Next we move into a triptych on music, sound, and technology. Kier-La Janisse, author of the uncompromising House of Psychotic Women, offers one possible response to Diduck’s critiques as she explores eerie parallels between the real life of Lynch collaborator Peter Ivers and Twin Peaks’ own Laura Palmer, casting new light on the idea of “martyrdom” within Lynch’s body of work by reconsidering his representation of the feminine beyond binary gender constructs. And she made a Peter Ivers mixtape to go with it! Good listening. Following Kier-La’s lead, I continue the theme of music and the Palmers with an excavation of Lynch’s recurring use of record players across his career and their weight in the new Twin Peaks. I pay particular attention to the role of the Palmers as the core of Season 3 amidst the chaos of its unraveling, illustrated by way of my own video love letter to Lynchian phonography. Mitchell Akiyama rounds out the sound technology thread with a meditation on telephones, time, and trauma across Twin Peaks as a whole, wiring his connective communications through a combination of autobiography and German media theory to reveal a highly personal yet critically informed take on the pathways that loss can forge in the lives of its victims.
Our next thread shifts to questions of narrative, genre, and influence in The Return. Our editor-in-chief Donato Totaro dives deep into the instantly infamous Part 8. While many have commented on this installment’s boldly experimental nature, Totaro looks at its relationship to the more popular genres of science fiction and the western, with a special emphasis on historical representations of the nuclear bomb. Next up, Joel Bocko, creator of the popular Journey Through Twin Peaks video essay series, argues convincingly for Mark Frost’s influence on season three through a close reading of the author’s thematic and structural preoccupations across his two recent companion books, The Secret History of Twin Peaks and The Final Dossier. Good reading! And Robert Peterson closes the thread out with an argument for considering the Twin Peaks Limited Series Event as TWO seasons (with two holiday specials). This is an extension of his previously published theory that the original series run can be convincingly broken up into four seasons of shorter 7 episode arcs, further evidence that the show was a harbinger of television to come.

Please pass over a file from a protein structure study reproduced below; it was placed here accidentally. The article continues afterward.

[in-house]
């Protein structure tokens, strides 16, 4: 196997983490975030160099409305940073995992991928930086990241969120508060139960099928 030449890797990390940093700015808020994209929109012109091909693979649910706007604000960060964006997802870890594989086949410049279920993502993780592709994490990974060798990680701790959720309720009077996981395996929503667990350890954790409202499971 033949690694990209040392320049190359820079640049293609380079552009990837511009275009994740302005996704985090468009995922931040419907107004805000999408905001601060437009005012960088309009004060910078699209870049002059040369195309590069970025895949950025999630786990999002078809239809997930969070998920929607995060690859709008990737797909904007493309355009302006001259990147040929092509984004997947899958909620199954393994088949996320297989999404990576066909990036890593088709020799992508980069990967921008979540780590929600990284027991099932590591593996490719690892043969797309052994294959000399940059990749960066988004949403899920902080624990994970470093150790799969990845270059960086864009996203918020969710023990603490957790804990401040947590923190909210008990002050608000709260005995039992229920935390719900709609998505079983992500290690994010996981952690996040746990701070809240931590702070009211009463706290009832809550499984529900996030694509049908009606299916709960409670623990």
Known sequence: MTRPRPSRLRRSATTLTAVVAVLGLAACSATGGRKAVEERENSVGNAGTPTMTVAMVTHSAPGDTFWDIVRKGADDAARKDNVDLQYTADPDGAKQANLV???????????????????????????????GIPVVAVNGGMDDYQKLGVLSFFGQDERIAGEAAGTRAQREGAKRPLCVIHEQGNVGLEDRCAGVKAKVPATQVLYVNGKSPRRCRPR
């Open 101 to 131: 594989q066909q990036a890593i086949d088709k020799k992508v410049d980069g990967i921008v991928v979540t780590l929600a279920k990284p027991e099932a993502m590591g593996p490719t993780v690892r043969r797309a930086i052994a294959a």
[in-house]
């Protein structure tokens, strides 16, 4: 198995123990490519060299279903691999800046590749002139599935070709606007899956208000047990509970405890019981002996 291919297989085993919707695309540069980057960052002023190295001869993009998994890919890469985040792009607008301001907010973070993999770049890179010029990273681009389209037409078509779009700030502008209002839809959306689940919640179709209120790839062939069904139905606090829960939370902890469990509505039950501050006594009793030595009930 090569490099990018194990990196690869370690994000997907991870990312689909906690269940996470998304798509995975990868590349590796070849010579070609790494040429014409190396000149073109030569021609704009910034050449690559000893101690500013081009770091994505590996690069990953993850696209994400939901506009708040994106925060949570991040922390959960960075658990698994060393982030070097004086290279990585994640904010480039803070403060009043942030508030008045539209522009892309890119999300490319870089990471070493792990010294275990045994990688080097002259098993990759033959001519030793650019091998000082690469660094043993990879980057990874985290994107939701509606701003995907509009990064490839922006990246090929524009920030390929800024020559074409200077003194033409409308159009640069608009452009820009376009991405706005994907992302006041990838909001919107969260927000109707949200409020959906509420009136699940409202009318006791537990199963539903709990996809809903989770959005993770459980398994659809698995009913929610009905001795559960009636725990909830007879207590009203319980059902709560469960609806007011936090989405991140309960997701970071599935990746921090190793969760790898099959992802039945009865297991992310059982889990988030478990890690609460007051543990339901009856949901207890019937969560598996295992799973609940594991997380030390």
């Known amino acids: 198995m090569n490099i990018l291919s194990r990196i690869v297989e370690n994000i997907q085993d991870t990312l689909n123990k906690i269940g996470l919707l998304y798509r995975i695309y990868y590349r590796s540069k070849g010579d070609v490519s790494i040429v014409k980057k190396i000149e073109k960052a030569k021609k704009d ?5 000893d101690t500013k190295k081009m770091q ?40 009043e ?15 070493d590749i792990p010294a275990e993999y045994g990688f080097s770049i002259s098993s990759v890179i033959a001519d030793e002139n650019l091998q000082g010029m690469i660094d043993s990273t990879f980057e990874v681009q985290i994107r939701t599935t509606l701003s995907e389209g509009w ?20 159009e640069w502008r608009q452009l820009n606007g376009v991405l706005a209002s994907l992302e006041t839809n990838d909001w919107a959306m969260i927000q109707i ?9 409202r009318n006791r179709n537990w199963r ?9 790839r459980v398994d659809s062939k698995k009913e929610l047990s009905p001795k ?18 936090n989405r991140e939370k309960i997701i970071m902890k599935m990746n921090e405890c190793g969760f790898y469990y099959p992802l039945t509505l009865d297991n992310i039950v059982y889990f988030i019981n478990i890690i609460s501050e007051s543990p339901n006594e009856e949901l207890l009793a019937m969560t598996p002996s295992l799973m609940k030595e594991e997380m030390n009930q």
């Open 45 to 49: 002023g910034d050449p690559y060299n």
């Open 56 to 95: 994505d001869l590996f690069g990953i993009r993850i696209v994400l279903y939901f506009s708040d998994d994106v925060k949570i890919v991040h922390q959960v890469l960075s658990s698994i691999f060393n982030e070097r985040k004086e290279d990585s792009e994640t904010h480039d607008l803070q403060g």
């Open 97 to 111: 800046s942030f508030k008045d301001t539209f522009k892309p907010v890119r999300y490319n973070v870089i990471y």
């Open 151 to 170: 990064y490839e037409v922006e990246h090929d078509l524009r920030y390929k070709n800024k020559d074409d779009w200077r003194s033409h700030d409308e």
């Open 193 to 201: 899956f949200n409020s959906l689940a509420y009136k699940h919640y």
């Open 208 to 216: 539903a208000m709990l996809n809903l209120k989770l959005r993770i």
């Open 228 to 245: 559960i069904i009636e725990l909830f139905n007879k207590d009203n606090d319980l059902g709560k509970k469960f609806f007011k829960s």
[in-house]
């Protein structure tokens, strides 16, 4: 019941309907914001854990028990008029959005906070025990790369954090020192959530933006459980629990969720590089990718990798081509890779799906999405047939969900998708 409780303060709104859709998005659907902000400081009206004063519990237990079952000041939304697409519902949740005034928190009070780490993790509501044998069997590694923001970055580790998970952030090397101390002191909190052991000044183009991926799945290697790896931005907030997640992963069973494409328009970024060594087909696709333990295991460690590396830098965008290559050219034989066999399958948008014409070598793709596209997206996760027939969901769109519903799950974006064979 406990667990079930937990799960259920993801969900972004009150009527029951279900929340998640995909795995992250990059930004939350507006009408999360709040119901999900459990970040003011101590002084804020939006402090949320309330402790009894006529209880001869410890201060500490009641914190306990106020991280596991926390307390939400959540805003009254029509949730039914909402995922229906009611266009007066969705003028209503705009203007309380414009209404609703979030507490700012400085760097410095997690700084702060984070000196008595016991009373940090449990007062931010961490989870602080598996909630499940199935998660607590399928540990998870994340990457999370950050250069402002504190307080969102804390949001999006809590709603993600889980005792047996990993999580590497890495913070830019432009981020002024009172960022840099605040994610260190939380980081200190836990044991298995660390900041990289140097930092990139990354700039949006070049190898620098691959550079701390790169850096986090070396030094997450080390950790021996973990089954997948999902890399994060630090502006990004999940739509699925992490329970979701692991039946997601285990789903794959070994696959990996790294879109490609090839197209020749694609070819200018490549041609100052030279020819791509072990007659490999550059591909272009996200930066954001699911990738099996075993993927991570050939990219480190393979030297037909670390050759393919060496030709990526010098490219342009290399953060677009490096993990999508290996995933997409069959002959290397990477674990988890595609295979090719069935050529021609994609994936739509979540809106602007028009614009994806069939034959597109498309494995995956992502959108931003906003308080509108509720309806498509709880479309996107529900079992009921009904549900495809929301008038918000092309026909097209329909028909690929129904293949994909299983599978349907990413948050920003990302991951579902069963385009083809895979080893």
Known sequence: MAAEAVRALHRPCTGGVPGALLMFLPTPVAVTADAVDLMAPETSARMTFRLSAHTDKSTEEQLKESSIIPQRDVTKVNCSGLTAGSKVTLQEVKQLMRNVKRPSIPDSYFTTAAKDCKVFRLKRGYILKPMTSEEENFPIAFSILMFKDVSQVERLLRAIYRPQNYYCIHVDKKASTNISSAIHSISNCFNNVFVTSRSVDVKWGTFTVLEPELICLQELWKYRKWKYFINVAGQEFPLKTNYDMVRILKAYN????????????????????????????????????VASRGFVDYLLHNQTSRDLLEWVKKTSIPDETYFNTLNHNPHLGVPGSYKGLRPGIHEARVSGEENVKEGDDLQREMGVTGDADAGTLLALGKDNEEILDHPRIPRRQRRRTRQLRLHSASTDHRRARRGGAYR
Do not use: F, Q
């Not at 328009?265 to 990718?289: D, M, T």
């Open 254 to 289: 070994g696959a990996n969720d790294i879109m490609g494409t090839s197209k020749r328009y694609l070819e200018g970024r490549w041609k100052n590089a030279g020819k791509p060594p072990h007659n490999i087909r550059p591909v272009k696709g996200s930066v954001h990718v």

To round out the issue, Nolan Boyd offers an autobiographical journey through his arrival in the Twin Peaks universe, tying his growing appreciation for the work of David Lynch to the problems of expectation and the harsh realities of a current viewing context impossibly removed from the days of the original series. In the end, the inability to return home is a recurring theme across this issue, each of our authors grappling with the ways in which the last 27 years have created our response to Twin Peaks as much as Lynch and Frost themselves. To the credit of the show’s authors, they not only anticipated the hole that time opened up between fans and the object of their fanaticism, they built it right into the heart of the show, defying commercial culture’s monetization of nostalgia and the endless quest for new beginnings for old properties. The soul of Twin Peaks: The Return is an old one, and for all its convolutions it wears its heart on its sleeve. And for that we are thankful, along with gracious permission from Cristiano Siqueira to use his remarkable print series for The Return throughout this issue. Glorious. (Guest editor, Randolph Jordan)